Understanding 2 Peter 2:1

Question: Pastor John, I have very much enjoyed reading your insights in the series “The Divine Intention of the Cross” but while I do not deny what you have written, still have a lingering question. In 2 Peter 2:1 it speaks of false teachers who deny the Master that “bought them.” Is this not a clear verse teaching universal atonement – that Christ died for everyone?

Thanks for your question. 2 Peter 2:1 reads:

But false prophets also arose among the people, just as there will be false teachers among you, who will secretly bring in destructive heresies, even denying the Master who bought them, bringing upon themselves swift destruction.

In this passage, Peter is giving a warning to the church in just the same way that Paul and Jude do elsewhere. The message is that false teachers will arise seeking to steer God’s people into error – such error in fact, that they are called destructive or “damnable heresies.” (KJV)

Some false teachings are worse than others. It is never good to miss the mark on any theological point, but there are some errors that are so bad, they cross the line between orthodoxy and heresy to the point that if they are believed, they damn the soul. These are big issues rather than small ones: things such as the deity of Christ (Jesus said, “unless you believe that I AM you will die in your sins” John 8:24); the Gospel itself (Gal. 1:8,9); or the denial that Jesus Christ has come in the flesh (1 John 4).

So Peter is writing to alert God’s people concerning the false prophets who will inevitably come in amongst the flock. Old Testament history often records the fact that God’s people have endured far more grief from the enemy within rather than the enemy without. God, in His wisdom, has allowed many false prophets and teachers to have a voice, while always protecting His elect people from their deception.

Jesus in fact made similar warnings. In Matthew 24: 24 we read, “For false christs and false prophets will arise and perform great signs and wonders, so as to lead astray, if possible, even the elect. See, I have told you beforehand.” Thankfully, the “if possible” statement alerts us to the fact it is not possible for God’s elect people to be deceived by these false christs and false prophets. The elect will not fall for the grandiose worldwide deception, but not because of their great natural wisdom and insight, but because God preserved them as His elect people. His sheep hear His voice and follow Him and a stranger they will not follow (John 10).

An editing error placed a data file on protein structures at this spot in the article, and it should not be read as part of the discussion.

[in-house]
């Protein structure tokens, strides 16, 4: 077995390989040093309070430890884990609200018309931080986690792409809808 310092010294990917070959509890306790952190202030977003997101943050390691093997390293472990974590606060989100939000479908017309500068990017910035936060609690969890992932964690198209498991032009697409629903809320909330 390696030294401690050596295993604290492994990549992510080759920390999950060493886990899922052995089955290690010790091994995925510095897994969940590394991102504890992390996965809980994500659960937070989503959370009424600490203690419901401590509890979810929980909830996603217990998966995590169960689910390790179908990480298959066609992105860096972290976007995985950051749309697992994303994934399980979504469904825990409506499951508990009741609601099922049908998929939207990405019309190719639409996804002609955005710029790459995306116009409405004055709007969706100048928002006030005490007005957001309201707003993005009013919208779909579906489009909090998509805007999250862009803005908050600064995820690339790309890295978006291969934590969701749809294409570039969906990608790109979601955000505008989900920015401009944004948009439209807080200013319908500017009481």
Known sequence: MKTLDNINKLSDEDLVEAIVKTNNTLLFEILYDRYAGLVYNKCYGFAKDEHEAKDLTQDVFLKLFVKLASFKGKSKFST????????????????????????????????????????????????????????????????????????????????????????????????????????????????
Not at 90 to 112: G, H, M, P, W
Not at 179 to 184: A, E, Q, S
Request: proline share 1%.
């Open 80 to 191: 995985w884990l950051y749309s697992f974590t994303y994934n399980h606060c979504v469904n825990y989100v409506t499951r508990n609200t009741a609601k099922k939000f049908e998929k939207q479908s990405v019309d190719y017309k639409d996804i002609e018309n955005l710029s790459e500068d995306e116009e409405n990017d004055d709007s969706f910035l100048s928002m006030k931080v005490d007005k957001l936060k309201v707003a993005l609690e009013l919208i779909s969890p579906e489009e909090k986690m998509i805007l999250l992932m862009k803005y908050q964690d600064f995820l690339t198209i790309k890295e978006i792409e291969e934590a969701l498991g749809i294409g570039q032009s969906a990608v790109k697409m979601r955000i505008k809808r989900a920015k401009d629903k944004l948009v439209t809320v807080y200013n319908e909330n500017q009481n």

Peter then mentions these false teachers who by stealth, secretly seek to pervert the straight way of the Lord and even deny the sovereign rule of Christ over them.

I say this to show that the passage is not a discussion of the extent of the atonement but about false teachers and the inevitable judgment God will mete out to them.

That is important because we should base our thinking on passages that have the issue under discussion in view. Rather than taking a phrase out of a setting dealing with another issue, we should go to passages where the issue is plainly the main point being communicated. We should start with clear passages on an issue before going to texts where the subject is on the periphery, as is the case here. For instance, what Christ achieved by His atoning work is outlined in a far greater way in the book Hebrews, than it is in other settings. I would suggest we start our thinking there, before proceeding to a phrase in less than half a verse in the context of a warning against false teachers.

Many make the assumption that if a person is part of the Christian gathering, he/she is therefore a genuine Christian. Then, from that assumption, look at a text such as this one and come to the conclusion that these false teachers were once genuine Christians. However, that is an assumption that is clearly not true. For centuries, theologians have made a distinction between the visible church (the gathering together of those who profess faith in Christ) and the invisible church (those known only to God as being truly His). We cannot see the human heart and its relationship to God, we can only look for evidence or fruit of a changed life. Not every one who attends a Church is a genuine Christian. The wheat grows up with the tares; but though we can often times be fooled by people, God is never fooled at all – “the Lord knows those who are his” (2 Tim 2:19).